By William T. McGivney, PhD, CEO
NCCN has had, from its inception, the guiding objective of “positively influencing and improving decisions that influence and impact the access to, availability of, utilization of, and delivery of appropriate cancer care on behalf of patients”. For NCCN, this has not been some idle axiom. NCCN has sought to actively develop and communicate the guidelines information in formats most useful to end-user groups. It is critical that provider scientific/clinical organizations do so in order to assert what are indeed the most appropriate and effective interventions for patients with cancer.
The most striking application of the NCCN scientific, evaluative, and evidence-based information is the story of the NCCN Drugs & Biologics Compendium (NCCN Compendium™). In late 2004, NCCN decided to transpose and translate the recommendations about the use of drugs and biologics in the NCCN Guidelines into a compendium format. Compendia are listings of appropriate uses of drugs and biologics. Indeed, in the late 1980s and early 1990s, laws were passed in 32 states that mandated the use of three compendia (AMA Drug Evaluations, USP-DI, AHFS Formulary) by private payors in coverage decisions about the use of drugs. These laws were precipitated by an insurance practice of denying uses of drugs that were not explicitly approved by the FDA as demarcated on the U.S. Food and Drug Administration (FDA) labels for such drugs. In oncology, this was a major issue as, at the time, upwards of 50 percent of the use of drugs was beyond the scope of the FDA label. Indeed, for patients with serious and life-threatening diagnoses of cancer, denial of a drug with evidence supporting its use was a major concern and serious threat to that patient’s viability. If a compendium indicated a use was appropriate or was listed, the private payor had to cover that use of that drug. In 1993, the Congressional Omnibus Budget Reconciliation Act included a provision that mandated that the Medicare program do the same. In 1994, this legislative provision was incorporated into regulation and followed by guidance to intermediaries and carriers that required the compendia to be the basis for coverage determinations.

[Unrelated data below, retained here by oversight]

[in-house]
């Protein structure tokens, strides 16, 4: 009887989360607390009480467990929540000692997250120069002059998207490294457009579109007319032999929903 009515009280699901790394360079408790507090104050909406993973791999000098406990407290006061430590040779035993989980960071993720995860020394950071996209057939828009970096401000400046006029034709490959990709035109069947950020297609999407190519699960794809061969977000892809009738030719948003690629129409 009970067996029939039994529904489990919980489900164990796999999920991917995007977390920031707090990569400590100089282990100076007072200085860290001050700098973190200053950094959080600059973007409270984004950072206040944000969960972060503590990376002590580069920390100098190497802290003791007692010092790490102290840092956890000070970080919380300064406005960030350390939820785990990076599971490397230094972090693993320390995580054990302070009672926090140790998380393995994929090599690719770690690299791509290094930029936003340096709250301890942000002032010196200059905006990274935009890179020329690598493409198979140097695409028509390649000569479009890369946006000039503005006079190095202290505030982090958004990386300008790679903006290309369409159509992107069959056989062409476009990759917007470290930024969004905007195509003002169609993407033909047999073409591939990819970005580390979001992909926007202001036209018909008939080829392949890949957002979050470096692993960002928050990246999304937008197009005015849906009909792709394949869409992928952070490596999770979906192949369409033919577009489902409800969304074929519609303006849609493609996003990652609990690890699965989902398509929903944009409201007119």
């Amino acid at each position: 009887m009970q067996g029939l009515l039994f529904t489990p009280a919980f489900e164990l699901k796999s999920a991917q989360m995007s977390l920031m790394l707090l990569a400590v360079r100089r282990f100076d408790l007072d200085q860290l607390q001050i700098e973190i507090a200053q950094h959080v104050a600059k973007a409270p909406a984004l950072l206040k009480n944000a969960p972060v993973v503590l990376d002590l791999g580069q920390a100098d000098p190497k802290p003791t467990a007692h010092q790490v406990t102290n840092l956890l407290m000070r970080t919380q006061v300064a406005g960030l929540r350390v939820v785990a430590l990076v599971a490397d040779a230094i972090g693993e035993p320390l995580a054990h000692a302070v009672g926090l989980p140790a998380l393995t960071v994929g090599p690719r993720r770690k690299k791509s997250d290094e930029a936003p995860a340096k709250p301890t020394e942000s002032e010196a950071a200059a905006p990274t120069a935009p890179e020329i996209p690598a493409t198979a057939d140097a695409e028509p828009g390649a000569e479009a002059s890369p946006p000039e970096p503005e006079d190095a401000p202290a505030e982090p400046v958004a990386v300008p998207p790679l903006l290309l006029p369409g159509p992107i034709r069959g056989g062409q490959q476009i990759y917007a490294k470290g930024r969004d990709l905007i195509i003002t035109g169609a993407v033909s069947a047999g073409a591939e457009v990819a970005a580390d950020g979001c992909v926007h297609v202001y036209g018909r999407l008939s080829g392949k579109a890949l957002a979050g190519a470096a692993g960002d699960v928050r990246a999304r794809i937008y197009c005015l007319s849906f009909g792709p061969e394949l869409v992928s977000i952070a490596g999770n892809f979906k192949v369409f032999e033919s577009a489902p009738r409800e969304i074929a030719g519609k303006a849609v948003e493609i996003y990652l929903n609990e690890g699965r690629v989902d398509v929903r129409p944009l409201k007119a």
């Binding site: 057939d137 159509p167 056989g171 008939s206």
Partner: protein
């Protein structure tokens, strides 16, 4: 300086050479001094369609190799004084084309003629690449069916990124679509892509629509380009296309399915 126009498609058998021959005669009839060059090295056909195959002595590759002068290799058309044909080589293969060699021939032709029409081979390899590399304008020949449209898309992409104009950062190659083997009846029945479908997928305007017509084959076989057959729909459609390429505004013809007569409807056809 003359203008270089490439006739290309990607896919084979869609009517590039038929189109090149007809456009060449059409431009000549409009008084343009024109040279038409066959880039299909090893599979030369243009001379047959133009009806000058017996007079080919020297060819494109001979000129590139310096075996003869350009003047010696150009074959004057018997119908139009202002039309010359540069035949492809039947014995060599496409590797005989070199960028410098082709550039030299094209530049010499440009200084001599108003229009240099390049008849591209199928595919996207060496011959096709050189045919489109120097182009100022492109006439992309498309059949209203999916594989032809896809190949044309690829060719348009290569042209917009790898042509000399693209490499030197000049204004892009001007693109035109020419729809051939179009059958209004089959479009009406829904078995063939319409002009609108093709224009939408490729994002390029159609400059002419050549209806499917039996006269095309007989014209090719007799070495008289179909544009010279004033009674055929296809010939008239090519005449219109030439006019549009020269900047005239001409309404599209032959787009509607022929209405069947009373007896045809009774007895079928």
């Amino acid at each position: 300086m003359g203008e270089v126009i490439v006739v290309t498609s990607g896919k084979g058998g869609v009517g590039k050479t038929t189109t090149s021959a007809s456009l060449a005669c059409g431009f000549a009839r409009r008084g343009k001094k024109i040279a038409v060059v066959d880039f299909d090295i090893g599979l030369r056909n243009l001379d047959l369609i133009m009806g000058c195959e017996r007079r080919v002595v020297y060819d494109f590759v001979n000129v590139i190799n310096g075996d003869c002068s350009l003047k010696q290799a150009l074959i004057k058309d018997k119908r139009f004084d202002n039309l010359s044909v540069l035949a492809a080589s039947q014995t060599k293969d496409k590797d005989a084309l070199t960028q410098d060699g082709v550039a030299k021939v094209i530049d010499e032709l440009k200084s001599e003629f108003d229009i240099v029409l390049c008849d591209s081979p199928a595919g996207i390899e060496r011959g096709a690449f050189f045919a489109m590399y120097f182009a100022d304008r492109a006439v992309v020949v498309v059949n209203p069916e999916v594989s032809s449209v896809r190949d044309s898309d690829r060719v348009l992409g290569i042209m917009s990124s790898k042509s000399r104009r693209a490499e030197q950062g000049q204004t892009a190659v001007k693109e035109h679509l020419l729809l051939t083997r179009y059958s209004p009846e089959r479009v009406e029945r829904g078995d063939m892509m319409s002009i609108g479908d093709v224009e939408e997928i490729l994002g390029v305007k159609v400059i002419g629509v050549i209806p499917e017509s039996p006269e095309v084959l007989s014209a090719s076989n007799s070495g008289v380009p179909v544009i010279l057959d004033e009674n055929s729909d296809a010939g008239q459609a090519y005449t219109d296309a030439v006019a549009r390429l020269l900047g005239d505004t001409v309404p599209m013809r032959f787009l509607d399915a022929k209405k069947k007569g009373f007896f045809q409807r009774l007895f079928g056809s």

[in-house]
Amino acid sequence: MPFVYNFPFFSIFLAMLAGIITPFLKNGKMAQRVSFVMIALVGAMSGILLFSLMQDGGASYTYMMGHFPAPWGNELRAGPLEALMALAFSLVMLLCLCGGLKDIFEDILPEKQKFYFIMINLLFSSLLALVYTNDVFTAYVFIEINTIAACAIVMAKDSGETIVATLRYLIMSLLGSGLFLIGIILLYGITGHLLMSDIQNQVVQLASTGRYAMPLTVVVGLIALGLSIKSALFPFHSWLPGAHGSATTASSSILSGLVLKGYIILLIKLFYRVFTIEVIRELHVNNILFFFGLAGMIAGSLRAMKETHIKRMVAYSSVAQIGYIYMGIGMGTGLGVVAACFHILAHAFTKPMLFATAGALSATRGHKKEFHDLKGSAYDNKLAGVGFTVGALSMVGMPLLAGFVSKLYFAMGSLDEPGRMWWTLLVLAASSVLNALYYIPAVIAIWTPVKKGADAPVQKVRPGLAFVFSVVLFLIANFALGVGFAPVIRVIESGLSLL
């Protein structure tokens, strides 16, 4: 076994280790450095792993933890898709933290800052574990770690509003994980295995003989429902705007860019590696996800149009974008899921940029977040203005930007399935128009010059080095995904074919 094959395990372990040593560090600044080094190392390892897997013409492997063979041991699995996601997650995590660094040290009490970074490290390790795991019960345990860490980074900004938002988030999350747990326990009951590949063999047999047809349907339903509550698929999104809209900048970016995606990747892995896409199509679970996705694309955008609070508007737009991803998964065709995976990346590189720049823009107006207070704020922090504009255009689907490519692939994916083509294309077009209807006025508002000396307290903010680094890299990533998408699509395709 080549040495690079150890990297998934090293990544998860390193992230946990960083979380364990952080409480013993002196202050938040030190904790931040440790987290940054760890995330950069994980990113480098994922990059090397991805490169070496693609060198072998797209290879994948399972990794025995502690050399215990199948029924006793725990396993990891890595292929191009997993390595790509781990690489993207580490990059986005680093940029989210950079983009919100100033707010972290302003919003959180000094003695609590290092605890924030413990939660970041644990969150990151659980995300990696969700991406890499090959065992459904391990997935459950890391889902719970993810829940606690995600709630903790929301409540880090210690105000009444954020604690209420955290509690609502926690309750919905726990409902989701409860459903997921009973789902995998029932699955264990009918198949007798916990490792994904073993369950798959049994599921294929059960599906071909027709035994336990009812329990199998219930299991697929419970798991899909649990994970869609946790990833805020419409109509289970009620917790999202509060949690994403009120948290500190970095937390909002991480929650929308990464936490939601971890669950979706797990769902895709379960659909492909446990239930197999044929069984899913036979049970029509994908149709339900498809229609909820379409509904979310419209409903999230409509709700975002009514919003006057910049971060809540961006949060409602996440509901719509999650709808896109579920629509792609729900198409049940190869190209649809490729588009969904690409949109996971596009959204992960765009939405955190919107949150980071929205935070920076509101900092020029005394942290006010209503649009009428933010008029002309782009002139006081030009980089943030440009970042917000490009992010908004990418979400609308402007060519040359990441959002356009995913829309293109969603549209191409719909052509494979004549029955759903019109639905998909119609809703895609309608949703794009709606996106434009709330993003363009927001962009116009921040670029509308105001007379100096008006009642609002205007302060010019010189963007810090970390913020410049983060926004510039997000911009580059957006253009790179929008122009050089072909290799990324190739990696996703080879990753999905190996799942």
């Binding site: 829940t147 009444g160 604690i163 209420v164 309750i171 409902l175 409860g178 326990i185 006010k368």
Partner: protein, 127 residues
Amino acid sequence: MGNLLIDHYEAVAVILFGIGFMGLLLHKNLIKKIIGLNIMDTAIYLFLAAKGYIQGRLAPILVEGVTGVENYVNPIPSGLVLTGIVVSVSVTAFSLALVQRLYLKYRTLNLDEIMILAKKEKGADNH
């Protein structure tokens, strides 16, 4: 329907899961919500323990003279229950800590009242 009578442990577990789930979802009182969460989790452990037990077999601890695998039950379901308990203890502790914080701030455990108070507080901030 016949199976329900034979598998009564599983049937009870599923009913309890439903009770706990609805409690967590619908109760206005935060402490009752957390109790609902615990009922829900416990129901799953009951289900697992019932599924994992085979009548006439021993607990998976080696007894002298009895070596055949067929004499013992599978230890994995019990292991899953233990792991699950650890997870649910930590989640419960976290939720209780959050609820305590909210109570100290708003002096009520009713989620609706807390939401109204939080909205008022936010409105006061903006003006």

In January of 2008, UnitedHealthcare (UHC), the largest private payor in the United States, announced that UHC would be the first private payor to base coverage determinations about the use of drugs and biologics in cancer care on the NCCN Compendium™. This announcement has been followed by communications from most other large private payors that they would also use the NCCN Compendium as the basis for coverage policy and determinations. On June 5, 2008, the Centers for Medicare & Medicaid Services (CMS) announced that the NCCN Compendium would become a mandated resource to be used by Medicare contractors for the establishment of coverage policy. The importance of these announcements is that in a matter of 10 years, NCCN has been able to flip the “decision-making system” so that an organization of major cancer centers and their physician thought leaders, after review of scientific evidence, put forth recommendations about what constitutes appropriate care for patients and these recommendations are being followed and adhered to by public and private payors.
In summary, NCCN has successfully adapted the content of the NCCN Guidelines into formats, like the NCCN Compendium, that inform and facilitate decision-making about appropriate interventions in oncology. These different decision formats or tools serve to assure that innovative technologies are available for use appropriately in patients based upon positive coverage determinations by public and private payors.